Maximir, the Leviathan Dreanought of the Basilican Space Marines Chapter, stands finished!
The base has been painted up, some more scrollwork was added to the left shoulder, the cross was added to the right shoulder, and various nicks and scratches were painted in. Also, his torso-mounted heavy flamers were painted. Here are more photos!
I love Terminators. Space Marines in the old “Tactical Dreadnought Armor” just look kickass, in my opinion. I became obsessed with Warhammer 40,000 after playing Dawn of War (prior to that, I was aware of 40k, but uninterested in spending money on it). In Dawn of War, the Terminators were clearly the most deadly, invincible Space Marines ever to enter the battlefield… and they had great quotes! (“The Emperor’s finest reporting!”)
So… the Deathwing are basically an army made entirely of Terminators. What’s not to love? Well, I didn’t love what it would cost to buy that many Terminators… so an army of Terminators became something of a pipedream.
Enter Dark Vengeance, a starter set full of Dark Angels, containing five Terminators. This set flooded the secondary market, such that a person could get 5 Terminators on ebay for $10 (instead of $50 or $60). So I did what any reasonable person would do – bought a ton of them and started cutting them up and customizing them.
I am, of course, dedicated to no two models looking exactly the same (even before they’re painted), so this was a fun pet project to make four poses look like fifty poses. In the end, I also used the Deathwing Terminators box, both for extra bits, and because Deathwing Knights look amazing, so I wanted some of those.
Early on, I was going to simply paint them like my custom Codex Chapter, the Basilicans, and simply have them “count as” Deathwing… but I decided that I like inventing fluff (and the Dark Angels are a cool parent Chapter to have), so instead I invented… The Angels of Condemnation!
So I’ve made great (if slow) progress on the Leviathan Dreadnought (affectionately called “Max”). After priming, I put on my blue basecoat. This didn’t go so well – not sure if the primer didn’t take, or the paint mix was wrong, but I had to strip him once and still had problems with the second try. Still, I got it done eventually.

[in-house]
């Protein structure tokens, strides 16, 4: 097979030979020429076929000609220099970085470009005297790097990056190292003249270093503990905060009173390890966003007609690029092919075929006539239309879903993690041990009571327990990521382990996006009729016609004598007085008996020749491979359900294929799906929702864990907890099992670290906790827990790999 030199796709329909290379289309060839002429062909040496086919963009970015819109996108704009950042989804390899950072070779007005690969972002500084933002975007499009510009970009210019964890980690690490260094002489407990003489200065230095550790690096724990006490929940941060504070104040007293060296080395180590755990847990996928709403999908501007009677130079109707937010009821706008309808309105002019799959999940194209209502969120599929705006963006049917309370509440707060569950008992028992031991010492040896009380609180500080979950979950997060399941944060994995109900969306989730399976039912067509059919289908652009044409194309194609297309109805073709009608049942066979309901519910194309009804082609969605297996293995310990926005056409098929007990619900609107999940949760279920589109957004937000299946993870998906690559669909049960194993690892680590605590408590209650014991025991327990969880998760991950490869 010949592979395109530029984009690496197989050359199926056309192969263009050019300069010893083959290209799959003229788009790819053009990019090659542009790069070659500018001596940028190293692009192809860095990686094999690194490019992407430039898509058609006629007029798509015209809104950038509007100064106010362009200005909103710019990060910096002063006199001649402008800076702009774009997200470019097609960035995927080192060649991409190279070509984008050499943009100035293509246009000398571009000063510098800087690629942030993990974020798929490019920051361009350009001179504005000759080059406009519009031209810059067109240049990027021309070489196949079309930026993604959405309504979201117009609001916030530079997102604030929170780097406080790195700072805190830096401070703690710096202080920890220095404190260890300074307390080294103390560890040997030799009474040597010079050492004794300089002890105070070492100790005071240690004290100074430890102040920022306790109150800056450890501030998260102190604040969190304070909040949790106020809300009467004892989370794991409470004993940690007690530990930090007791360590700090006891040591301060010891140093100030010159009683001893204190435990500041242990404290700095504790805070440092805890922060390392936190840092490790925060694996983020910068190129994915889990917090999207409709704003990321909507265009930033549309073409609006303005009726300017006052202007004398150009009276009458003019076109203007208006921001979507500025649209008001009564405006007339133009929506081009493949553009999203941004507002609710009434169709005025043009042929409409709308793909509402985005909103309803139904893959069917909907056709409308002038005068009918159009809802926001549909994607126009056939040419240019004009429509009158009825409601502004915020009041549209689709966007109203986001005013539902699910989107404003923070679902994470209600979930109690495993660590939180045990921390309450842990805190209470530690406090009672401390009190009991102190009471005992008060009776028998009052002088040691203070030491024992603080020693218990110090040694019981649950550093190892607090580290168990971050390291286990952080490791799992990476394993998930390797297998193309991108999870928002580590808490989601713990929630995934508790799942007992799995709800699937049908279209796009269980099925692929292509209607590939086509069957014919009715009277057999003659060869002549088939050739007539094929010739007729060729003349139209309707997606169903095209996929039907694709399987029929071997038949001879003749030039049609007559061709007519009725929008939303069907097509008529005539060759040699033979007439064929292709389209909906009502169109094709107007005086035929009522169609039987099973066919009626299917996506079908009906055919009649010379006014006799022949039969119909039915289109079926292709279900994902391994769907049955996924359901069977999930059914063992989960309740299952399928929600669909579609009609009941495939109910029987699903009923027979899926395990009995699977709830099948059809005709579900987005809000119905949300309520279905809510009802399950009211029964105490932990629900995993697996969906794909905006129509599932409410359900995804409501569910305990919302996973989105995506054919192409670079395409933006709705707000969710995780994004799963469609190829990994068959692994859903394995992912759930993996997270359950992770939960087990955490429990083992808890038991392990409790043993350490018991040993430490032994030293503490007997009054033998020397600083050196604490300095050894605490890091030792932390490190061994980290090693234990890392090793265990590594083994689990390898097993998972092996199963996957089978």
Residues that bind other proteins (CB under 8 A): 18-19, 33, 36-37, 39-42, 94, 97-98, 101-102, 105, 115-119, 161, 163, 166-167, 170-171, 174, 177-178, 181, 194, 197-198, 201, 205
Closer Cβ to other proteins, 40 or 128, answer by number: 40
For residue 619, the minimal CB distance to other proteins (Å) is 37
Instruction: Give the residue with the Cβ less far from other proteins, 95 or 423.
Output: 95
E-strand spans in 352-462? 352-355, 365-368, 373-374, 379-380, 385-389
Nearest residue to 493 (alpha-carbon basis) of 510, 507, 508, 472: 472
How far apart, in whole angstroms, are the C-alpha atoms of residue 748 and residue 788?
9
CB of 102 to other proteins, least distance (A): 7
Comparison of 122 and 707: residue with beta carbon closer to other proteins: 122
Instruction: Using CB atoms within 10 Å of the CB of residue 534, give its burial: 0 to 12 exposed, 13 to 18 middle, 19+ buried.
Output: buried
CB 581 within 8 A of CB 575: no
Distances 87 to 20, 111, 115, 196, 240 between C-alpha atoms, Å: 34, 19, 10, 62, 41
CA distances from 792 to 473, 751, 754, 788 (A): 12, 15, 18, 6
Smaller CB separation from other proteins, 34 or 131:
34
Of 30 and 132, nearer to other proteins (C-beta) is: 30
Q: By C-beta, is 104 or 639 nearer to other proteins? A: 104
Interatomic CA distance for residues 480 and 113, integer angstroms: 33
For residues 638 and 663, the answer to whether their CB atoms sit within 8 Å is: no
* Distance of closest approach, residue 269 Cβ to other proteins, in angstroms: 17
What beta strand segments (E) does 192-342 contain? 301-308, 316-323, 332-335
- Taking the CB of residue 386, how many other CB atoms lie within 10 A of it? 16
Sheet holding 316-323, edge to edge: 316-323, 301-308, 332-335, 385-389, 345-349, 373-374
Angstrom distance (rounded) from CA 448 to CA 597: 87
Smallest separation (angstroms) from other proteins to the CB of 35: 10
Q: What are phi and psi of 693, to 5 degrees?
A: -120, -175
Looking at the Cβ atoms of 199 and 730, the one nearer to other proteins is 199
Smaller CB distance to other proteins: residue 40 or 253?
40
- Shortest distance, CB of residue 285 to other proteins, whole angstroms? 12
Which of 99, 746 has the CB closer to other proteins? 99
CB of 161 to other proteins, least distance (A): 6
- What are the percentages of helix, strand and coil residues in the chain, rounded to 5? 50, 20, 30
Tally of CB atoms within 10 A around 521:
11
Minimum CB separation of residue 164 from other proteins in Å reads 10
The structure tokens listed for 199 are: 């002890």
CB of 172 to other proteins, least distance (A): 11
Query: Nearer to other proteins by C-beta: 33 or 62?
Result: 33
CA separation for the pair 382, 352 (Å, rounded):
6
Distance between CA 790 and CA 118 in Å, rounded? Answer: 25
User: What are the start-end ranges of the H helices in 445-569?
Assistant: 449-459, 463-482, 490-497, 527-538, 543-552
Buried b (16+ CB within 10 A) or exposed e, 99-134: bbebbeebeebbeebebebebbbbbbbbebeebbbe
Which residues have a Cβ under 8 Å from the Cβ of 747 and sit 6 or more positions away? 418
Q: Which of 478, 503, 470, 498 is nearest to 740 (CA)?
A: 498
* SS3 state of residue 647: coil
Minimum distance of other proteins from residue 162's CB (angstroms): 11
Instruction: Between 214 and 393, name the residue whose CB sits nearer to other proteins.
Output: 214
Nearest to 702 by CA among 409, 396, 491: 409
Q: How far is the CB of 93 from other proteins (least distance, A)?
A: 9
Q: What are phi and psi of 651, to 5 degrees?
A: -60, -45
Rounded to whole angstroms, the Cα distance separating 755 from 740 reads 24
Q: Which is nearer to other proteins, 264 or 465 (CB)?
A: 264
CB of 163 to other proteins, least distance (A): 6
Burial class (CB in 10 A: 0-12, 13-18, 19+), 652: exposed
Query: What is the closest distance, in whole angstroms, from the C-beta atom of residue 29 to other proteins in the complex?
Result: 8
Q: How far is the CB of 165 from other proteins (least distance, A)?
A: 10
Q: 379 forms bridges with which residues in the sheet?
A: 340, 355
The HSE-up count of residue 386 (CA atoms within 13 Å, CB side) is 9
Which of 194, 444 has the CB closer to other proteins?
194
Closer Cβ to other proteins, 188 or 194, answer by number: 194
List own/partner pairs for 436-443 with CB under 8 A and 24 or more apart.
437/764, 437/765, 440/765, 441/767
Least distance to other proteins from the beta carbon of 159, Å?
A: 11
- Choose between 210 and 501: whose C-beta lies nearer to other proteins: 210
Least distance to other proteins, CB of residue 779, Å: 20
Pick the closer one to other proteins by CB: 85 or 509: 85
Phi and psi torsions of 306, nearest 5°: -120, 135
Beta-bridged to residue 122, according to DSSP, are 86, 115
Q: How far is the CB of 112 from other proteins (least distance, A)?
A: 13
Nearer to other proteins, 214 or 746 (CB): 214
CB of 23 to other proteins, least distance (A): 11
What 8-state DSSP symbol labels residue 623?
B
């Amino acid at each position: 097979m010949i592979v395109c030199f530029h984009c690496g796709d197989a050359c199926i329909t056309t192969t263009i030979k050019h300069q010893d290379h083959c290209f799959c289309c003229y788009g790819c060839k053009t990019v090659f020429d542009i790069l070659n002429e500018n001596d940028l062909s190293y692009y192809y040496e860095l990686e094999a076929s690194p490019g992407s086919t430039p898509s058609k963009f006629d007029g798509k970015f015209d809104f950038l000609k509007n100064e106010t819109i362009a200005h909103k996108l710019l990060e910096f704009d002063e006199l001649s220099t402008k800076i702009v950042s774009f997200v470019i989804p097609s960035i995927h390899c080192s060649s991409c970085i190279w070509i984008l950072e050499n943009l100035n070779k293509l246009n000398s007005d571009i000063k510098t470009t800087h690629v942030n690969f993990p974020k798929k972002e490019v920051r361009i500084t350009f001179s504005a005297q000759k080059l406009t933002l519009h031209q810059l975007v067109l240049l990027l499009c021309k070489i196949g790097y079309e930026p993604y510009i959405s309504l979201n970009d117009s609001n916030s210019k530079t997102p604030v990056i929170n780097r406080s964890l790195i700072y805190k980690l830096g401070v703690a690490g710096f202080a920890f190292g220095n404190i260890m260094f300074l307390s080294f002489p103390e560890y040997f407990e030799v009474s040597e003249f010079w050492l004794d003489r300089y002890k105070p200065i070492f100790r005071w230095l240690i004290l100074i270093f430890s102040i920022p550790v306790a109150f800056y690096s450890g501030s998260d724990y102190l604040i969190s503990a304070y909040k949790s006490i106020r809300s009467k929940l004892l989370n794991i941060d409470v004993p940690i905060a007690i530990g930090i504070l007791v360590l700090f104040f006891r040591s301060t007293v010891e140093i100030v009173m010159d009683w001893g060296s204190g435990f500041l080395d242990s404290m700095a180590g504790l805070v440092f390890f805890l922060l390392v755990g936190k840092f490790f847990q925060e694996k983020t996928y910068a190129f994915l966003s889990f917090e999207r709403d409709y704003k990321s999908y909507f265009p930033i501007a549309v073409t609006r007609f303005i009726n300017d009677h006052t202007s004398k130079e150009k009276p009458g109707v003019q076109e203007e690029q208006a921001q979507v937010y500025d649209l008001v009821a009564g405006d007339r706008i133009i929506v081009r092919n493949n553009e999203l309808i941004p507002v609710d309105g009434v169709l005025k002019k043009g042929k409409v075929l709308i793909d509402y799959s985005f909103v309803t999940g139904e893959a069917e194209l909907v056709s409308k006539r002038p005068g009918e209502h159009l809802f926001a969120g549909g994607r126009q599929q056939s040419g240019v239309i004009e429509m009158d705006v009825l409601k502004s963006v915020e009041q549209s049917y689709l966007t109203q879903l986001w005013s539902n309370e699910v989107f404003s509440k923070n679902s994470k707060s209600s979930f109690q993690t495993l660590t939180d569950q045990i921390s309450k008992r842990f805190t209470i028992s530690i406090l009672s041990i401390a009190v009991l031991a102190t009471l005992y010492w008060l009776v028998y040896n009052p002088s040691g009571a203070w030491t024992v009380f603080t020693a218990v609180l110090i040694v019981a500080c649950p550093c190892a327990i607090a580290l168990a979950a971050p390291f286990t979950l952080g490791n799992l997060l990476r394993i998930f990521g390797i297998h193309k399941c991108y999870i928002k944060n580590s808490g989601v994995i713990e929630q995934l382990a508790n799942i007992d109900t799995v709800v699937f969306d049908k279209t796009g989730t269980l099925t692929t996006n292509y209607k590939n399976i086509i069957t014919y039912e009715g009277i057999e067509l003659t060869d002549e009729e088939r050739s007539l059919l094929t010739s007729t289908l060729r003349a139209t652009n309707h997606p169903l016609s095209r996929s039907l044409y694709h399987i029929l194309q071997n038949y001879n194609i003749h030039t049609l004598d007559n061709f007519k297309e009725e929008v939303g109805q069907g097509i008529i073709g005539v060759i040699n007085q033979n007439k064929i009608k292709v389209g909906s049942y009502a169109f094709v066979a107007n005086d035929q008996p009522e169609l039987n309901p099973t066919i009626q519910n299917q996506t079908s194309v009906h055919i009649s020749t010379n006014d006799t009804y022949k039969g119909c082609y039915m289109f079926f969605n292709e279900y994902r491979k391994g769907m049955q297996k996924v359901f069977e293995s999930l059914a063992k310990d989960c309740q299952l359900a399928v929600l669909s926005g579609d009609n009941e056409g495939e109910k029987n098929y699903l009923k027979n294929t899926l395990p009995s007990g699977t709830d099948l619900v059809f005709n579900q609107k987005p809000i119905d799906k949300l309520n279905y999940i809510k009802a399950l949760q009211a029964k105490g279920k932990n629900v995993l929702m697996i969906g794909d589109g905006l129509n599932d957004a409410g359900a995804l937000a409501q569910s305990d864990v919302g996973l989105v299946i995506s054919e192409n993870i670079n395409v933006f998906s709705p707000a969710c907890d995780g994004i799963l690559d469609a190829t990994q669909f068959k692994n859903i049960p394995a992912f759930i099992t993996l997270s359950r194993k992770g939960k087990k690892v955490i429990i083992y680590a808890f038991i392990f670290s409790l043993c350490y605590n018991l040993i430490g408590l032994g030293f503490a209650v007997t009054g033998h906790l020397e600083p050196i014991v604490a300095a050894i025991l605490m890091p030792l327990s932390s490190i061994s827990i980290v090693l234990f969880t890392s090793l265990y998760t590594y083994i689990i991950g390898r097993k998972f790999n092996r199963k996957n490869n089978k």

Then I followed my normal process – I added other base colors over the model, such as the joints, the grill on the chest, and the blades of the claws. Then, I did an airbrushed wash using Pledge floor wax mixed with a burnt umber, and wiped most of it away with a t-shirt. That left me with this:
I really loved Forgeworld’s Leviathan Dreadnought when I saw it, and the model did not disappoint. It’s massive and hefty, which is what I think of when I think “dreadnought.” I got a siege claw and a storm cannon to go on for now.
I magnetized the weapons at the elbow, which seemed easier than the shoulder joint. I also magnetized the flamer/volkite weapons at the waist. I didn’t magnetize the missile launcher/phosphex discharger – there’s not much area to drill into except detail I didn’t want to ruin, and it’s an easy piece to tack on with wall mounting putty if I want to.
My favorite part of assembling it, though, was making a nice decorative base. Using the front bit of a Rhino (left over from a Demolisher), a Rhino door, Chaos Space Marine bits, and some Rhino tracks I got in a bits box, I gave the Leviathan Dreadnought something nice to stand on.
Assembled and posed, this is now one of my favorite minis that I own. For this picture, I tacked the model together, but I intend to paint it separately (base, legs, body, head, top cover, and weapons individually).
In my previous video post, How to Not Magnetize, I explored the world of using wall putty instead of magnets.
The Space Marine Centurion kit has long intimidated me. I like to build “What You See Is What You Get” models (meaning that the model itself shows what weapons it is using in a game) not because I play with anyone who requires it… but because it’s kind of a fun challenge sometimes. The Centurion Kit has 3 chest weapon options, 4 arm weapons, and 2 more options for one of those arm weapons. That’s… a lot of permutations.
And the Centurions have very tiny areas where these weapons attach, especially the chest weapons. They are so tiny. So very tiny. Magnets don’t really seem to be an option for the Centurion, not realistically.
But mounting putty? That’s a whole different story.
I built one Centurion, and then started making and sticking weapons on it. Here’re all the various arm weapons (I didn’t swap out the chest weapon, but trust me, they are swappable):
The putty option isn’t perfect. Sometimes, it’s hard to get the right amount. Sometimes, it isn’t enough. But… considering what a mess drilling holes for magnets could be, mounting putty remains a really solid option for building a completely flexible unit without buying a million models, or asking opponents to pretend the lascannons are heavy bolters. Don’t get me wrong – I think people who are strict about that kind of thing are likely assholes, but I do enjoy the challenge, and I really enjoy using all the parts that come in the box.
Hello, friends! Several updates are incoming, so please accept my apologies for the lack of posts recently. Let’s start with Chaplain DuChamps, a member of my Space Marine chapter, who got all painted up. Somewhere I have WIP photos, but I can’t find them… and I’d rather post than procrastinate (for once)!
So, here’re some shots of him:
That picture is dark, but it’s a good angle. Note that the base isn’t finished… but it does have loads of skulls, so there’s that.
Hooray for painting! I feel pretty good about the Chaplain. He needs some work on the skull decor, and I want to scrawl some Litanies of Hate on the scroll at his waist, but otherwise he is good to go.